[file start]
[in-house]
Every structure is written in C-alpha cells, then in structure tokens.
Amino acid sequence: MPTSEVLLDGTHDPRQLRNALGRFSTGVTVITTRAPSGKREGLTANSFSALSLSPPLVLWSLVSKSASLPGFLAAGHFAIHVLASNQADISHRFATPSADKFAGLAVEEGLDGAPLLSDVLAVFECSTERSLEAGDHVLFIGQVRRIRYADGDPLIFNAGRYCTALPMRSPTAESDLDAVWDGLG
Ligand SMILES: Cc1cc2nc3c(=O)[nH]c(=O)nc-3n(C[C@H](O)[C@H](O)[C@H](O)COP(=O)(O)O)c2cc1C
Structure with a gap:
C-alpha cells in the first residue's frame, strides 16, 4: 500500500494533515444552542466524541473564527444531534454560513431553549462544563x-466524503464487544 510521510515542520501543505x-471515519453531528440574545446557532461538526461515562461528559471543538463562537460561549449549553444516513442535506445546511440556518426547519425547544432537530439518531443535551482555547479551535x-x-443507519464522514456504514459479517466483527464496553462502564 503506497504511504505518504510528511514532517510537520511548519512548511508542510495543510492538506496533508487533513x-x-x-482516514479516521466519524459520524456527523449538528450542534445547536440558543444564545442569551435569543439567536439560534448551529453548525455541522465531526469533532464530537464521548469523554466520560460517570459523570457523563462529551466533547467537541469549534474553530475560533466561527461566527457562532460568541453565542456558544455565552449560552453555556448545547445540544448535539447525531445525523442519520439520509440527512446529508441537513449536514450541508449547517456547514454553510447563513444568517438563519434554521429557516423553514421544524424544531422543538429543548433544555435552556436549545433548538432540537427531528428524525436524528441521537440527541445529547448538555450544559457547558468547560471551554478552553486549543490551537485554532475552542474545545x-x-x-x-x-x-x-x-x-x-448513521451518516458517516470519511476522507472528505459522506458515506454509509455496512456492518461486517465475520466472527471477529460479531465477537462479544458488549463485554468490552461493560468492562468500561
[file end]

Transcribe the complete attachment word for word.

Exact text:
[in-house]
Every structure is written in C-alpha cells, then in structure tokens.
Amino acid sequence: MPTSEVLLDGTHDPRQLRNALGRFSTGVTVITTRAPSGKREGLTANSFSALSLSPPLVLWSLVSKSASLPGFLAAGHFAIHVLASNQADISHRFATPSADKFAGLAVEEGLDGAPLLSDVLAVFECSTERSLEAGDHVLFIGQVRRIRYADGDPLIFNAGRYCTALPMRSPTAESDLDAVWDGLG
Ligand SMILES: Cc1cc2nc3c(=O)[nH]c(=O)nc-3n(C[C@H](O)[C@H](O)[C@H](O)COP(=O)(O)O)c2cc1C
Structure with a gap:
C-alpha cells in the first residue's frame, strides 16, 4: 500500500494533515444552542466524541473564527444531534454560513431553549462544563x-466524503464487544 510521510515542520501543505x-471515519453531528440574545446557532461538526461515562461528559471543538463562537460561549449549553444516513442535506445546511440556518426547519425547544432537530439518531443535551482555547479551535x-x-443507519464522514456504514459479517466483527464496553462502564 503506497504511504505518504510528511514532517510537520511548519512548511508542510495543510492538506496533508487533513x-x-x-482516514479516521466519524459520524456527523449538528450542534445547536440558543444564545442569551435569543439567536439560534448551529453548525455541522465531526469533532464530537464521548469523554466520560460517570459523570457523563462529551466533547467537541469549534474553530475560533466561527461566527457562532460568541453565542456558544455565552449560552453555556448545547445540544448535539447525531445525523442519520439520509440527512446529508441537513449536514450541508449547517456547514454553510447563513444568517438563519434554521429557516423553514421544524424544531422543538429543548433544555435552556436549545433548538432540537427531528428524525436524528441521537440527541445529547448538555450544559457547558468547560471551554478552553486549543490551537485554532475552542474545545x-x-x-x-x-x-x-x-x-x-448513521451518516458517516470519511476522507472528505459522506458515506454509509455496512456492518461486517465475520466472527471477529460479531465477537462479544458488549463485554468490552461493560468492562468500561